At the other end, while minorities are adequately represented in Greece —  currently represented in Parliament by the PASOK’s Çetin Mandacı and Ahmet Hacıosman — they do not stop complaining. It’s not new. During the 2002 local elections, approximately 250 Muslim municipal and prefectural councillors and mayors were elected, and the Vice-Prefect of Rhodope is a Muslim, too. Yet, look at their grievance mongering. Muslims don’t object when the Turkish state appoints muftis, but they disagree when the Greek state does so. Importantly, these muftis perform several judicial functions and, hence, cannot be let loose by the State. But as is seen in the Human Rights Watch’s pro-minority tilt in India, it is pro-minority in Greece, too.
And comparable to our problem of Bangladeshi infiltrators, Greeks have a problem in identifying who all sneaked in. So they developed an Article 19 of the Greek Citizenship Code, which allowed the government to revoke the citizenship of non-ethnic Greeks who left the country. Finally this law had to be scrapped in 1998 under domestic pressure from minorities and international pressure exerted by bleeding-heart human rights activists and countries supportive of them.
All this irks the ethnic Greek majority in the country. They hit back with orthodoxy and branding.
Activists of the Greek right wing Anexartitoi Ellines (ANEL) uphold family values and promote Greek orthodox religion. They don’t care for the liberal philosophy that a citizen’s family is no business of the State or a political party. ANEL’s second agenda has an Indian parallel: the attempt to regiment Hindus along the lines of radical Islam. If moderate and extremist Muslims are ‘good’ and ‘bad’ Muslim  — or ‘true’ Muslims or un-Islamic apostates — depending on who the accuser and the accused are, if you do not agree with the Hindu right, you are a traitor or Jaichand (who betrayed Prithviraj Chauhan to Mohammad Ghori) in popular parlance.
How to pander and ruin a country
The political right wing in any country is often found leftist in economics. In India, they demand that FDI in retail and GM crops in agriculture should not be allowed. In Greece, they demand that only ‘pure Greeks’ be allowed into “poor people’s kitchens” — a programme of the Golden Dawn like Amma’s Kitchens started by J Jayalalithaa in Tamil Nadu. To hell with competition and inclusion!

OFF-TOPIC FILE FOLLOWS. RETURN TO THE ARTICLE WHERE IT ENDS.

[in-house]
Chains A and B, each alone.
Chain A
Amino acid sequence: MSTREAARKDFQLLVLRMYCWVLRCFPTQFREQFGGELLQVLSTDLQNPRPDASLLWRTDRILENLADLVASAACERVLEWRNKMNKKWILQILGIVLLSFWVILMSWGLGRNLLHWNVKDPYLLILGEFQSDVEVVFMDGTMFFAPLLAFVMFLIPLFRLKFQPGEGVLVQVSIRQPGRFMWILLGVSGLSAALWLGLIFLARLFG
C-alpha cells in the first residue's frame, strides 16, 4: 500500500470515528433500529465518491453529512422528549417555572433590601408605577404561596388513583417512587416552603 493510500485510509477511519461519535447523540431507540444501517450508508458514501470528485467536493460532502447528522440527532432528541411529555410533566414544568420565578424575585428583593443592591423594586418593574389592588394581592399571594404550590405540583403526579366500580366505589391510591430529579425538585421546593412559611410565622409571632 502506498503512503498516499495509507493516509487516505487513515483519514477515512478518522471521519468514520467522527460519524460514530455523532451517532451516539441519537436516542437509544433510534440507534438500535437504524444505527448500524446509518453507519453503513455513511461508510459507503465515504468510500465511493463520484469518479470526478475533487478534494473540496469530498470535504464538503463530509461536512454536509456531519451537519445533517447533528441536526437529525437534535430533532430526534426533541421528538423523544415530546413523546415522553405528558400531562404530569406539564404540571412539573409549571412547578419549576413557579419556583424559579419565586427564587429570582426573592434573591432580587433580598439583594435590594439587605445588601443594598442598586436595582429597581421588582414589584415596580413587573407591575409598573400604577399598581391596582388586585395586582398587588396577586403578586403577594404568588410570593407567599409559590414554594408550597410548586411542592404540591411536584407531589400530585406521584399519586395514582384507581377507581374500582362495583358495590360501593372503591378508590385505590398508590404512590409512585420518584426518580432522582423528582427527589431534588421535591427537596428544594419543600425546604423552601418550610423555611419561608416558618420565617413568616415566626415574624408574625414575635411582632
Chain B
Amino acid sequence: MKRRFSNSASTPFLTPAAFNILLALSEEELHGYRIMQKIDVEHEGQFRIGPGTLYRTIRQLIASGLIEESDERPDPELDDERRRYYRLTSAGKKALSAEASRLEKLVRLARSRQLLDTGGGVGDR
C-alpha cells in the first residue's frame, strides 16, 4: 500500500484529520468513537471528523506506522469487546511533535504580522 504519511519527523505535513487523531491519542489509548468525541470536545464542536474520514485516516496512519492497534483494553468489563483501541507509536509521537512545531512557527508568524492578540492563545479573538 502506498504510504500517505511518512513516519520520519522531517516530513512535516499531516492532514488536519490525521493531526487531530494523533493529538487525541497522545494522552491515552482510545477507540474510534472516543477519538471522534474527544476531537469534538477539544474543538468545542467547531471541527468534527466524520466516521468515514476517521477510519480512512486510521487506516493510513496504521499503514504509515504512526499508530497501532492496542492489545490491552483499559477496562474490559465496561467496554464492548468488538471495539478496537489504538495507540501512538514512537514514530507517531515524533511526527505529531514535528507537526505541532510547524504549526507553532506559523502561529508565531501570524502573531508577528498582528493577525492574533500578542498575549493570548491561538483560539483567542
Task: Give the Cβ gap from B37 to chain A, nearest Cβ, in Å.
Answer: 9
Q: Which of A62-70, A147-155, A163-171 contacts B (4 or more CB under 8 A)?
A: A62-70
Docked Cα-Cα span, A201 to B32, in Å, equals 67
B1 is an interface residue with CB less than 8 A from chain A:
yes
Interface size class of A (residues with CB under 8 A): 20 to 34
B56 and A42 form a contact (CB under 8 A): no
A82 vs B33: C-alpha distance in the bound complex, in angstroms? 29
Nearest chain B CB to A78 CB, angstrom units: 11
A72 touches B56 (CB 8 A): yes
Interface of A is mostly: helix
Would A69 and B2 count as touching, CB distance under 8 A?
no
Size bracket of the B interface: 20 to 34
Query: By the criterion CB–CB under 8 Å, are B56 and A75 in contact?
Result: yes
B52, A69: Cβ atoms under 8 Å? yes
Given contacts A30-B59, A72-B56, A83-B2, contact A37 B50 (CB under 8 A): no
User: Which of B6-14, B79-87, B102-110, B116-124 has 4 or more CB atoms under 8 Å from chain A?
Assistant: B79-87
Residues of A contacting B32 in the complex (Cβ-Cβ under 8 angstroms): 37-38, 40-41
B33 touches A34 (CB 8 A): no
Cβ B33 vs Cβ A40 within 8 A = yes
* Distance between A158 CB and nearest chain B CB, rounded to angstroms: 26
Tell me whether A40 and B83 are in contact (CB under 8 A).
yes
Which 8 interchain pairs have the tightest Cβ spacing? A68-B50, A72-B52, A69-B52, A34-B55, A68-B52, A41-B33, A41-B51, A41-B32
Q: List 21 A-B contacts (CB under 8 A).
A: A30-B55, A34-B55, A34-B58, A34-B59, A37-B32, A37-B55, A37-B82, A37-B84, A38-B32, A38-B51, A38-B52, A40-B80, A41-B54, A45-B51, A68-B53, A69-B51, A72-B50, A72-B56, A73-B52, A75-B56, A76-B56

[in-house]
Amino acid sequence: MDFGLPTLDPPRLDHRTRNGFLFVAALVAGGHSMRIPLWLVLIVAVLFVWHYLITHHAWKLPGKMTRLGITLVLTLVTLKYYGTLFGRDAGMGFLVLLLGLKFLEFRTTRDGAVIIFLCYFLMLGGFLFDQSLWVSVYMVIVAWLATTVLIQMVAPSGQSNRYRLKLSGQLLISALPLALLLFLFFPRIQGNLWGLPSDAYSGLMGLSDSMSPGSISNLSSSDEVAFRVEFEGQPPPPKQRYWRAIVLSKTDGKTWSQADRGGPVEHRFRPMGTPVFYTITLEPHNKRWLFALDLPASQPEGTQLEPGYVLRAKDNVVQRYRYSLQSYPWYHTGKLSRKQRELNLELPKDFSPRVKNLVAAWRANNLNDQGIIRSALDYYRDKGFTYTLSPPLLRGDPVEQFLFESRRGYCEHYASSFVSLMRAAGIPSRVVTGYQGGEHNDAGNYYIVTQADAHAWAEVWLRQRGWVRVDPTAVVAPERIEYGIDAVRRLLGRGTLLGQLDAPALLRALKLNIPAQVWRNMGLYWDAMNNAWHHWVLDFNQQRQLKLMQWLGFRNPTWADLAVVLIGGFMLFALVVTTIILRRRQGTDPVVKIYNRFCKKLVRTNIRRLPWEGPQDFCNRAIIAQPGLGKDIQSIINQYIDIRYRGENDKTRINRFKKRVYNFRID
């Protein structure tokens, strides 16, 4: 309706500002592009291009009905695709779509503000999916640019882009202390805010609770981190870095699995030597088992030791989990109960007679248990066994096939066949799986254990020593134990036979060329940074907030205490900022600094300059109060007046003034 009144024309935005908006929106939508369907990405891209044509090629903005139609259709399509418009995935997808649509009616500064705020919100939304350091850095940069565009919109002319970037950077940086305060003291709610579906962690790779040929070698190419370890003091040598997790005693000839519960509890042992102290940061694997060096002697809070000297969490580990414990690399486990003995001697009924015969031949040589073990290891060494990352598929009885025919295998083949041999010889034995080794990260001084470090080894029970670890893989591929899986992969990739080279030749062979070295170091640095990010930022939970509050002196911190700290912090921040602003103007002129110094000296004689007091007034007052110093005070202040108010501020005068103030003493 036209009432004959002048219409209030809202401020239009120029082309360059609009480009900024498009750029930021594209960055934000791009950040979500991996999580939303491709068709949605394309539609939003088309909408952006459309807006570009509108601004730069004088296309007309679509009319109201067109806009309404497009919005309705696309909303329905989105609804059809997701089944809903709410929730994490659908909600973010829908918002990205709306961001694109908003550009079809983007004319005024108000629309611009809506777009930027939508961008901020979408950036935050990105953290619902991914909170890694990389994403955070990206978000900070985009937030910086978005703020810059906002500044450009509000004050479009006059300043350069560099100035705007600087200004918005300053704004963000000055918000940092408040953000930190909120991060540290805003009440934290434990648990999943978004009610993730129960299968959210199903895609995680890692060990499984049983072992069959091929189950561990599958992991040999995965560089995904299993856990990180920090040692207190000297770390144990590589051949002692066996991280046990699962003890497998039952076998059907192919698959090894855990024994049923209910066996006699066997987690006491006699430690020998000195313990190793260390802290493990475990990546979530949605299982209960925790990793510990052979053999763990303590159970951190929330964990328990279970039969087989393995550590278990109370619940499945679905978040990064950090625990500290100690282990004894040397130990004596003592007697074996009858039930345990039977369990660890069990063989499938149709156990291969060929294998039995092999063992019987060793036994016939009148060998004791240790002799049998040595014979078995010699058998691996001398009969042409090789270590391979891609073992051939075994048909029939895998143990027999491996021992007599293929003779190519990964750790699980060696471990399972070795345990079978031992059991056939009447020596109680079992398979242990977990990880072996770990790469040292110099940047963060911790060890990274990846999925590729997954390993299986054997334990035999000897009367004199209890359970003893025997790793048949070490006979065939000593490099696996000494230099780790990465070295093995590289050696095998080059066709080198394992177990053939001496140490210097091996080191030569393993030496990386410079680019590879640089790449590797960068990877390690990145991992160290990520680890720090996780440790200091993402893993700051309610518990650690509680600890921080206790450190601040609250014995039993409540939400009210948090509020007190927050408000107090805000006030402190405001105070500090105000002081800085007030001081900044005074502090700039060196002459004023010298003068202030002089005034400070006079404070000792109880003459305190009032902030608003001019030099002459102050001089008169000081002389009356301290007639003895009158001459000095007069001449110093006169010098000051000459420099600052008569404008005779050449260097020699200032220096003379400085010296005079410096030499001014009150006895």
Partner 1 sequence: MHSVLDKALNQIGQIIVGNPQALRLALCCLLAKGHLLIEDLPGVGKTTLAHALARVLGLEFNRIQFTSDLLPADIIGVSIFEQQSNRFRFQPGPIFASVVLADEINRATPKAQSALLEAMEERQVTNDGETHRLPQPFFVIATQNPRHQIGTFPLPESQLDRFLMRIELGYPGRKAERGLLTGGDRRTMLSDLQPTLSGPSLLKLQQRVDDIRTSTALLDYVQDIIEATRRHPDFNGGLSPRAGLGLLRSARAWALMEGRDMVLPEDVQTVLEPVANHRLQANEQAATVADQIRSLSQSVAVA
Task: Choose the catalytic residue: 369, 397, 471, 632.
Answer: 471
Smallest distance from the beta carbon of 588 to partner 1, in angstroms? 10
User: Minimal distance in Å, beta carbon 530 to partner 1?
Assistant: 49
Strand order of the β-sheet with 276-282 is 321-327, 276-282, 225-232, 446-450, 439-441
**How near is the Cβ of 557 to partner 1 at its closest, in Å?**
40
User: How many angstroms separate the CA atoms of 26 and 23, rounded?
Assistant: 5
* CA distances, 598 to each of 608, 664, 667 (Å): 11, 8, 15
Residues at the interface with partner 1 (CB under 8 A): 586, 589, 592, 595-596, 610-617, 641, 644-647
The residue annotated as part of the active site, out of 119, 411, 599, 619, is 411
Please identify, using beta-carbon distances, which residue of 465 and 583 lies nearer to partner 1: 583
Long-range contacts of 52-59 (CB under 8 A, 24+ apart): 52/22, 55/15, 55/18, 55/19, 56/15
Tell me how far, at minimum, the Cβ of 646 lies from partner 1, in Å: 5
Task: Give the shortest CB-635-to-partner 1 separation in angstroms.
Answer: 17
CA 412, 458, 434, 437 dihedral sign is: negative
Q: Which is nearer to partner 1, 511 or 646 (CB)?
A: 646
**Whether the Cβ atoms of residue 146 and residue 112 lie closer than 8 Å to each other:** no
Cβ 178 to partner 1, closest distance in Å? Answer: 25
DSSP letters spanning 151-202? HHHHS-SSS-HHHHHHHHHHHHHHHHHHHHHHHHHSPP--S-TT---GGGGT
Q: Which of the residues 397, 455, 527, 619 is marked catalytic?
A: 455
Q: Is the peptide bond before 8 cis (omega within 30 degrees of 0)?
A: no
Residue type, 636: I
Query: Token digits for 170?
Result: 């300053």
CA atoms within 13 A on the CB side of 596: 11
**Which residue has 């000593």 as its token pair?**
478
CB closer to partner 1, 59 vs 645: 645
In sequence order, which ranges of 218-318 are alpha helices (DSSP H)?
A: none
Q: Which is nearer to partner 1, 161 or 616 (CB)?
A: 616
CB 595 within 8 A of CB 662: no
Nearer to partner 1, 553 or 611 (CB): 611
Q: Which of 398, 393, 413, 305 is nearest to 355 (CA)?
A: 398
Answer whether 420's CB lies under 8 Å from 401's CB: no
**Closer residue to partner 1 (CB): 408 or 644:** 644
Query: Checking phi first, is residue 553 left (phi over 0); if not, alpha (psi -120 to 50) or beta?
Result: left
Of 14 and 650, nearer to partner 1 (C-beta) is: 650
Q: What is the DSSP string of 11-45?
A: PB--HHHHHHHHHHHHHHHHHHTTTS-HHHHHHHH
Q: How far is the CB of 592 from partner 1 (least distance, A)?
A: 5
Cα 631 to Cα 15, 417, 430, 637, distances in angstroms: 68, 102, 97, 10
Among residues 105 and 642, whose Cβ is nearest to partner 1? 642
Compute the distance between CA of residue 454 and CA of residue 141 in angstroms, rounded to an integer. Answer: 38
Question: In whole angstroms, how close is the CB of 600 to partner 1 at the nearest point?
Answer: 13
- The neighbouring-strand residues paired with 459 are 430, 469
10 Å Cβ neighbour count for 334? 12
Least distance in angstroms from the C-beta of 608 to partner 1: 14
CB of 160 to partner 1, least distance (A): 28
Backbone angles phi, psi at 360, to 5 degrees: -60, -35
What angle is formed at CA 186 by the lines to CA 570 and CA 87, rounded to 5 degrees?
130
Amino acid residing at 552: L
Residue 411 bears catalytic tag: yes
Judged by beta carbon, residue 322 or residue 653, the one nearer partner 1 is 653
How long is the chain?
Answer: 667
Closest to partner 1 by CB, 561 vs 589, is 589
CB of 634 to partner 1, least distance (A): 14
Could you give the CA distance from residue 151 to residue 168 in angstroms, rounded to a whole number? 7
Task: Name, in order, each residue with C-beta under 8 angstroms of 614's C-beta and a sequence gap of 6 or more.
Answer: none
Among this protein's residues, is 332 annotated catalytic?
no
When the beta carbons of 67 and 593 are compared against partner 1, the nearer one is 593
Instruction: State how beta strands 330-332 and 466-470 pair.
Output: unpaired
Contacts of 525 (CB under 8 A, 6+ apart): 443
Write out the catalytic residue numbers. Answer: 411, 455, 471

While some grievances of the majority in both India and Greece are legitimate, they forget a political theory proven historically right always: The rich turn averse to politics because activism does not suit business. If the minorities turn rabid in their demands every now and then, the best way to tackle them is to see them flourish economically.
An Azim Premji, for example, will never join a demonstration at the Jama Masjid to demand that the Indian Parliament condemn Israel’s actions in Palestine like a poor Muslim barber, cobbler, manual scavenger or craftsman would, just as a Mukesh Ambani or Gautam Adani won’t demand a Ram temple — like an unemployed Hindu youth of Uttar Pradesh would, ferociously. Business, employment and income growth of citizens are the most effective antidotes to people’s communal and other sectarian tendencies.
Now let’s study the socialist parallels. In October 2009, like Arvind Kejriwal’s leitmotifs Ambani and Adani, PASOK’s leader George Papandreou, son of the party founder, won by a landslide after a bitter campaign dominated by his slogan, “The money exists; it is only that [the ND government] prefers to give it to the few and powerful.” Any hope of revival of Greece died thereafter. The news we are getting from that country’s government and people today also is of defiance in the face of inevitable disaster.